Souvik Kundu


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Evaluation Benchmarks for Spanish Sentence Representations
Vladimir Araujo | Andrés Carvallo | Souvik Kundu | José Cañete | Marcelo Mendoza | Robert E. Mercer | Felipe Bravo-Marquez | Marie-Francine Moens | Alvaro Soto
Proceedings of the Thirteenth Language Resources and Evaluation Conference

Due to the success of pre-trained language models, versions of languages other than English have been released in recent years. This fact implies the need for resources to evaluate these models. In the case of Spanish, there are few ways to systematically assess the models’ quality. In this paper, we narrow the gap by building two evaluation benchmarks. Inspired by previous work (Conneau and Kiela, 2018; Chen et al., 2019), we introduce Spanish SentEval and Spanish DiscoEval, aiming to assess the capabilities of stand-alone and discourse-aware sentence representations, respectively. Our benchmarks include considerable pre-existing and newly constructed datasets that address different tasks from various domains. In addition, we evaluate and analyze the most recent pre-trained Spanish language models to exhibit their capabilities and limitations. As an example, we discover that for the case of discourse evaluation tasks, mBERT, a language model trained on multiple languages, usually provides a richer latent representation than models trained only with documents in Spanish. We hope our contribution will motivate a fairer, more comparable, and less cumbersome way to evaluate future Spanish language models.


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A Co-Attentive Cross-Lingual Neural Model for Dialogue Breakdown Detection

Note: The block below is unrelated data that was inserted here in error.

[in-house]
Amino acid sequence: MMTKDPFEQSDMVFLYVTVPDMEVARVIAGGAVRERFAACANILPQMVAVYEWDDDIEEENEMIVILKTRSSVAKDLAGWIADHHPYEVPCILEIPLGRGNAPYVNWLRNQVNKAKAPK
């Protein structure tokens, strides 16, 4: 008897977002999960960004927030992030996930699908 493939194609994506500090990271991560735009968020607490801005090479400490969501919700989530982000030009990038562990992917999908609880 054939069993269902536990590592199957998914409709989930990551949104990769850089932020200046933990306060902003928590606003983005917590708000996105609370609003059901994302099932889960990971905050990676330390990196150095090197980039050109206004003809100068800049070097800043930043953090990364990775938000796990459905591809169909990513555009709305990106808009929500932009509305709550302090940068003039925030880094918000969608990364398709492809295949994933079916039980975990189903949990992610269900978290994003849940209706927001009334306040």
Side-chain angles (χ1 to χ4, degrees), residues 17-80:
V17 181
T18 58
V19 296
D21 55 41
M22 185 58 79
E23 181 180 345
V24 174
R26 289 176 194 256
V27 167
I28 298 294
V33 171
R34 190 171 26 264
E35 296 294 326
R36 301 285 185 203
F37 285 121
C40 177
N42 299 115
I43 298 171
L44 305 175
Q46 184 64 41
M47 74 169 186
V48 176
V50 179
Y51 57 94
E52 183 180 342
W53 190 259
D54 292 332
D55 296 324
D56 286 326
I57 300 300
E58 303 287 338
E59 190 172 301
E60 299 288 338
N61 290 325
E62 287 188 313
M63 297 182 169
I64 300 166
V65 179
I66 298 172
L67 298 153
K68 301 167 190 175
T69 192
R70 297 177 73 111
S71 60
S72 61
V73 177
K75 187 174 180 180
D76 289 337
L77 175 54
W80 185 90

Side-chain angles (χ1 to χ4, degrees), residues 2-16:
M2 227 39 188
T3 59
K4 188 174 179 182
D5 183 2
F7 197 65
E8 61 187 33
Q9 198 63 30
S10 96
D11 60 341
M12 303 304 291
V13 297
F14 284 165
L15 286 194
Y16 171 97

Qian Lin | Souvik Kundu | Hwee Tou Ng
Proceedings of the 28th International Conference on Computational Linguistics

Ensuring smooth communication is essential in a chat-oriented dialogue system, so that a user can obtain meaningful responses through interactions with the system. Most prior work on dialogue research does not focus on preventing dialogue breakdown. One of the major challenges is that a dialogue system may generate an undesired utterance leading to a dialogue breakdown, which degrades the overall interaction quality. Hence, it is crucial for a machine to detect dialogue breakdowns in an ongoing conversation. In this paper, we propose a novel dialogue breakdown detection model that jointly incorporates a pretrained cross-lingual language model and a co-attention network. Our proposed model leverages effective word embeddings trained on one hundred different languages to generate contextualized representations. Co-attention aims to capture the interaction between the latest utterance and the conversation history, and thereby determines whether the latest utterance causes a dialogue breakdown. Experimental results show that our proposed model outperforms all previous approaches on all evaluation metrics in both the Japanese and English tracks in Dialogue Breakdown Detection Challenge 4 (DBDC4 at IWSDS2019).

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Learning to Identify Follow-Up Questions in Conversational Question Answering
Souvik Kundu | Qian Lin | Hwee Tou Ng
Proceedings of the 58th Annual Meeting of the Association for Computational Linguistics